50 Jazz Blues Licks is an exclusive series of video guitar lessons by David Hamburger covering the jazz blues styles of historically great guitarists like George Benson, Kenny Burrell, Joe Pass, and many others. A new lick will be released each week, so be sure to subscribe and check back often!

It may seem like jazz musicians are continually trying to pull the rug out from underneath you with their tricky chord changes – why can’t they just play V IV and I, like everyone else? – but a little level-headed observation tends to reveal that, at least when it comes to the blues, there are really just a handful of paths through those twelve bars. Case in point: on a minor blues, jazzers reach for either the minor iv chord or the bVI chord in bars 5 and 6. It’s pretty much one or the other, and with a little practice you’ll hear it just as quickly as you can hear whether Albert Collins is going to the quick IV in measure 2 or not on a Texas shuffle. Likewise, the turnaround in the last four bars of a minor blues usually only goes in one of a couple of pretty recognizable directions. The default is arguably bVI to V to i, which in the key of, say, G minor, means going from Eb7 to D7 to G minor (if you played it in the same key, “The Thrill is Gone” would have a turnaround from Ebmaj7 to D7 to Gmin, which is pretty similar). What’s good to know is that most deviations from this one turnaround tend to just be elaborations on a framework: swapping in Eb9 for Eb7, adding b9, #9 and/or b13 alterations to the V chord, and sneaking in a iimin7b5 chord between bVI and V. Do all of those at once in the key of G minor and you get: Eb9 to Amin7b5 to D7alt. to Gmin. Cool? Now all you gotta do is play over it…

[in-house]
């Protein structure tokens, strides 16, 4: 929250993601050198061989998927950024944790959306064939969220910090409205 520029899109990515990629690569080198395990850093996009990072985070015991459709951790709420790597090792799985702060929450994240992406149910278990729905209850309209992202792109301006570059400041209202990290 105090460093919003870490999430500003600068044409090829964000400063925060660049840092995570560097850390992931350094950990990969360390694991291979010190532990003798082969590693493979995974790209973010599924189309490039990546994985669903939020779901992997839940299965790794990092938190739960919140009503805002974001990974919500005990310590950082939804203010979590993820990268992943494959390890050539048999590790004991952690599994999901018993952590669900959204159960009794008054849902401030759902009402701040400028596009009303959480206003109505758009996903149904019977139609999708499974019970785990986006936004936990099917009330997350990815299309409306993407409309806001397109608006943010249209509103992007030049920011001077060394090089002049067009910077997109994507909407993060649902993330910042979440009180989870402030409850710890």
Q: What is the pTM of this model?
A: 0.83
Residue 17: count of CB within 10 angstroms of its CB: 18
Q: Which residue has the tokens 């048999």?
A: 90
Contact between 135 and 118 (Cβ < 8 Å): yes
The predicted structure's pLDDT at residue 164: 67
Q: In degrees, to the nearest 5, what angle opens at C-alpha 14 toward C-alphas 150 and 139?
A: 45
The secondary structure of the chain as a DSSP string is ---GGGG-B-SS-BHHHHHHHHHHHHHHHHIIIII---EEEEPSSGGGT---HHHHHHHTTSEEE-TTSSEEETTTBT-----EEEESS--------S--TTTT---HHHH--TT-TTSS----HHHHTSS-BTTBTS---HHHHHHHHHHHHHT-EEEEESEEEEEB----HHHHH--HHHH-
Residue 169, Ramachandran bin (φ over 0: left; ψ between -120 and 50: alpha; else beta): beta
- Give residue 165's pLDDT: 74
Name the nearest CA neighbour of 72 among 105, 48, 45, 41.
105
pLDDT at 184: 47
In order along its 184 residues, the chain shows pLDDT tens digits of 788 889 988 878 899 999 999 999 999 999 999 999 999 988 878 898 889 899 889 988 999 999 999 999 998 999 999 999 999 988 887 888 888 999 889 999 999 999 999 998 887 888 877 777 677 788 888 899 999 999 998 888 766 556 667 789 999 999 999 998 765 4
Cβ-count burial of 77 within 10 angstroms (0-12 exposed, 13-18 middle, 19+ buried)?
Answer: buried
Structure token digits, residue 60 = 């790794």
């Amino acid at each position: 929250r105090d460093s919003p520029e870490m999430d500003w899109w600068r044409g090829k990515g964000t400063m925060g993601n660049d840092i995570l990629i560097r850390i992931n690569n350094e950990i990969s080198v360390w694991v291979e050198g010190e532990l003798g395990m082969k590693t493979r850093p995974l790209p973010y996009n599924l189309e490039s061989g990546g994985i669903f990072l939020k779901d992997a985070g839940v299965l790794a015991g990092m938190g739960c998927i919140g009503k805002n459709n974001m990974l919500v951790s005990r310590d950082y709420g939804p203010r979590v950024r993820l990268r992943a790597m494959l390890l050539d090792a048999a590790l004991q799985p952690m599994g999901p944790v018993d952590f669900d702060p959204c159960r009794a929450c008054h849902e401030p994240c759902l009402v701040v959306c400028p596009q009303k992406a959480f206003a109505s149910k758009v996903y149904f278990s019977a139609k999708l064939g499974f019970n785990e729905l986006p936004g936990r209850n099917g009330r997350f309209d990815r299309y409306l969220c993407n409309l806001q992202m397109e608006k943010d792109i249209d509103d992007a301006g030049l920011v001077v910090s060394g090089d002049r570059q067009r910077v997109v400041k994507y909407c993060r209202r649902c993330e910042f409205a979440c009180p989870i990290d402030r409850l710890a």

Video Guitar Lesson

If you like these guitar lessons, be sure to also check out Frank Vignola’s Jazz Up Your Blues, which showcases essential jazz blues vocabulary and techniques, Mark Stefani’s Jazzed Blues Assembly Lines, which takes you on a sonic learning tour through the funky rhythm and blues stylings and fretboard concepts of top jazz blues players, and of course all of David Hamburger’s courses.